Thursday, September 29, 2011

Miyajima Island

Another tourist area nearby is Miyajima Island. The island is in the Seto Inland Sea and is considered to be holy land by Japanese followers of shinto.

To get there we walked the two and a half miles to the Iwakuni train station. From there is is a short train ride north. We got off at the Miyajimaguchi Station and walked to the port. To get to the island you have to take a ferry ride for about $20.
Ferry Caption
From the boat could see Miyajima. Doesn't it look like something out of a Jurassic Park movie?

Oyster Flats
Miyajima Island is a big tourist area. Many Japanese come here to pray at one of the many shrines or temples. The torii gate is also the only floating torii. It's not actually floating, but at high tide appears to be. It has only been destroyed seven times in the last 1500 years. The current torii has been "floating" for over 400 years. It is made of wood and is not anchored, but rather supported by its own weight.
Low tide
Once through the torii gate, the Japanese would go to the Itsukushima Shrine. Built with interconnected boardwalks the building appears to be floating during high tide. For a small fee we walked through it although we avoided the praying and fortune-telling areas.
Side building with pogoda
While walking through the shrine we found the steepest bridge I have ever seen. The picture doesn't do it justice. It was blocked off, but I don't think I could walk up it.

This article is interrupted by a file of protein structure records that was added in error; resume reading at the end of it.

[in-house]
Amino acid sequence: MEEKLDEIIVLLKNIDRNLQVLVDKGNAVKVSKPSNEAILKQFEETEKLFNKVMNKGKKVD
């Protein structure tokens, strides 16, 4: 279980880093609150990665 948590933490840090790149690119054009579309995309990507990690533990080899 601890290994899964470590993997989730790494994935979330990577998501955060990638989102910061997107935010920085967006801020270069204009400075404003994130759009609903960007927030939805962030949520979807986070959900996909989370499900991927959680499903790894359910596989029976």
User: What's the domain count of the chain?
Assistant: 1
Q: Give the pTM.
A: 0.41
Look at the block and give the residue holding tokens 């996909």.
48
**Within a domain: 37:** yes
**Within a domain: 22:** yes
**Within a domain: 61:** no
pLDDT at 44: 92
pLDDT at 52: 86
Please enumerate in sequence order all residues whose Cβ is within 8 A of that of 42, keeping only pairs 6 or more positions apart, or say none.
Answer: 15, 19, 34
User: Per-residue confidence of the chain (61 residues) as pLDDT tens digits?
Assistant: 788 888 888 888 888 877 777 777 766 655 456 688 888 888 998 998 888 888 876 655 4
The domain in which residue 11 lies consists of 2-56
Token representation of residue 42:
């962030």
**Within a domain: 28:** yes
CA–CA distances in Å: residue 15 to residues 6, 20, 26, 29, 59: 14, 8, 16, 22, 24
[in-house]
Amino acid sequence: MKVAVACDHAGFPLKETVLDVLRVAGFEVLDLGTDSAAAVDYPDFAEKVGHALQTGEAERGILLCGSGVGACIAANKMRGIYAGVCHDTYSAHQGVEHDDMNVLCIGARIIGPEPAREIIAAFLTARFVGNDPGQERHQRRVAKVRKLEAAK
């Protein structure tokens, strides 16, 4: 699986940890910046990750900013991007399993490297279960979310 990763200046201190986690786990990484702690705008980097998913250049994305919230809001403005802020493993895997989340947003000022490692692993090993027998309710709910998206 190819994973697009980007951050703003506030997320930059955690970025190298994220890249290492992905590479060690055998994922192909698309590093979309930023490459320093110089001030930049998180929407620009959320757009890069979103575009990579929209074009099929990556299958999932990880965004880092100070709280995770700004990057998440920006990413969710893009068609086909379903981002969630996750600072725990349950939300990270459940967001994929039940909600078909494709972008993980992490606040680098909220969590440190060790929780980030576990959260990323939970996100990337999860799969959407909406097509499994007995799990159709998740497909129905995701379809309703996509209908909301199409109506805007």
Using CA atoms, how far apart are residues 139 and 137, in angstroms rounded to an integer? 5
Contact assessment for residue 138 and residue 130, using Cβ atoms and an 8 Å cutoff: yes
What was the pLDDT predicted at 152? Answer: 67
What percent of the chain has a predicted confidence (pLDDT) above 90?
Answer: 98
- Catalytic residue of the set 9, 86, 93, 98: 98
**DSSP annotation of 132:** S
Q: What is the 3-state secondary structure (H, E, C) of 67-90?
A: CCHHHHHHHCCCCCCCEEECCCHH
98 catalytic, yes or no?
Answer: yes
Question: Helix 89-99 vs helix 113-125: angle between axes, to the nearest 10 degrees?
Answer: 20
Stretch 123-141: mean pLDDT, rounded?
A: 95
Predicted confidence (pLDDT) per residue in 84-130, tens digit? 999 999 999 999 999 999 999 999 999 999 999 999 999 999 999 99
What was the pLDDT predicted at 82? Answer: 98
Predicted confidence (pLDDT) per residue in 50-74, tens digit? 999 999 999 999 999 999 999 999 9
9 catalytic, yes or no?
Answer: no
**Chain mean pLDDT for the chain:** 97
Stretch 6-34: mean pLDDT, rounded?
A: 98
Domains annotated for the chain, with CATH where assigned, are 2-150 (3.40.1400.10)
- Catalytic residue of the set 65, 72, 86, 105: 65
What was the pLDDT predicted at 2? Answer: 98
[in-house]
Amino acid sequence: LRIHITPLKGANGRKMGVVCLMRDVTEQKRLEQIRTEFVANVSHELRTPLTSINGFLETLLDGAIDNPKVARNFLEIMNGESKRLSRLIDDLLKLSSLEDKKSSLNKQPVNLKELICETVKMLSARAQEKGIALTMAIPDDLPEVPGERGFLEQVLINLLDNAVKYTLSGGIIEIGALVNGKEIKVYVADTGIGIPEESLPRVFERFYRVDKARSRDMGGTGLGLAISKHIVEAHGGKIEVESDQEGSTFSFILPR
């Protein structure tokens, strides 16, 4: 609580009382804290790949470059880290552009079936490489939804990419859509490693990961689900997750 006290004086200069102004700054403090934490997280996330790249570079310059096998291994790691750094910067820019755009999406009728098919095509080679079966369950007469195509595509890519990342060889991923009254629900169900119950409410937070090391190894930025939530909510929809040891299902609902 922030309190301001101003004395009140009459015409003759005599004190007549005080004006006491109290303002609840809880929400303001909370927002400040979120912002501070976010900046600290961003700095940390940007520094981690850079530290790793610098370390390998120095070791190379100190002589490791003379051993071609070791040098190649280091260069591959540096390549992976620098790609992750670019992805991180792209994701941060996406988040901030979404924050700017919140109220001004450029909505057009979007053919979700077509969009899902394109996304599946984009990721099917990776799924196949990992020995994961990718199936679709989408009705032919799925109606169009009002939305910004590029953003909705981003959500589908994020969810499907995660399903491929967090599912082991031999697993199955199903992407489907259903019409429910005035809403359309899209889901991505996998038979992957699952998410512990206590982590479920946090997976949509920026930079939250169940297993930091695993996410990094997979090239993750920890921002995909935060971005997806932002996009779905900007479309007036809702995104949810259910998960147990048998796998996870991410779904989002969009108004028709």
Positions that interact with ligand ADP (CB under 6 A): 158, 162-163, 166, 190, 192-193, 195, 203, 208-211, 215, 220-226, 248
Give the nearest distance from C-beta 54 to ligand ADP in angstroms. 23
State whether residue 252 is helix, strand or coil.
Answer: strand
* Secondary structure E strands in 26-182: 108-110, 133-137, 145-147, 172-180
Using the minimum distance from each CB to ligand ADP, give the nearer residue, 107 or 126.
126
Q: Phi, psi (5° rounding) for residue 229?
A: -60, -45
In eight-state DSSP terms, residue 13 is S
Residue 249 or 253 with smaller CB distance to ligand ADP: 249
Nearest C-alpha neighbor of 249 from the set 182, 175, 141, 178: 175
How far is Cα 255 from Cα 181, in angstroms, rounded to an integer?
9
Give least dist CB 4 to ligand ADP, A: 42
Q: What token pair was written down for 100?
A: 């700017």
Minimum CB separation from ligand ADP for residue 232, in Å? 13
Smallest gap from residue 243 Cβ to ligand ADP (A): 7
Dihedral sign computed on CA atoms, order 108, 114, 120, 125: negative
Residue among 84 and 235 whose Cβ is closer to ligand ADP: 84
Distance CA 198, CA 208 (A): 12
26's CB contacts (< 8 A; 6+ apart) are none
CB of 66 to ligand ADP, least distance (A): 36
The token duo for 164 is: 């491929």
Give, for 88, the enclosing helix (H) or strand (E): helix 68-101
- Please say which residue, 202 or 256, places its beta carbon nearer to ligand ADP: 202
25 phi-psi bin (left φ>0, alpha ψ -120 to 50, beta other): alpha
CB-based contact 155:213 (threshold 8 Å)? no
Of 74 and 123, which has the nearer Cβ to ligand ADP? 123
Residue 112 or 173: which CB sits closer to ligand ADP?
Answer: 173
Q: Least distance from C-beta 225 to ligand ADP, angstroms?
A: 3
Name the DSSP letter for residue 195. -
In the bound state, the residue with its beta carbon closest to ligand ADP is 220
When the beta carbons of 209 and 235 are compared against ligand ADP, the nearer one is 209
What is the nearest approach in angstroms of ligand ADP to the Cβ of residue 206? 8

The island has muliple parks scattered around the island. On the west side of the island is a rope way that has cable cars to take you up the mountains. Mt. Misen is the tallest mountain on the island and is 1,755 feet above sea level.

We decided to walk through Momijidani park and take the ropeway. Along the way up the foothills we passed many shrines and temples.

Entrance to Shinto Shrine
When we got to the bottom of the ropeway we discovered the line to go up was at least an hour long. So we opted to climb the mountain on foot. Oh, and it was a climb. All stairs...

Climbing the mountain
The hike wasn't very long, but it was straight up. I was actually wishing for switchbacks. At the top the trail splits to go to the ropeway of to continue further up the mountain. Every now and then along the trail we would pass little Buddha statues. Often they had yen sitting on them. They were all different types. One was lifting a dumbbell, another was doing jung fu, one was laughing... they were very comical.
small statues

At the top is another shrine and the eternal flame. The signs read that the flame has been burning constantly since the 1100s. It was used to light the flame in the Peace Memorial Park in Hiroshima.

A shinto shrine
The view from the top was magnificent... and worth all those stairs.


There is a small tower with a snack/ drink shop at the top of Mt. Misen. We shared a bowl of udon noodles with tofu and shaved ice. It was very tasty!
There are three other trails up the mountain that we want to come back and explore. Hopefully next time it won't be all stairs!

High tide

No comments:

Post a Comment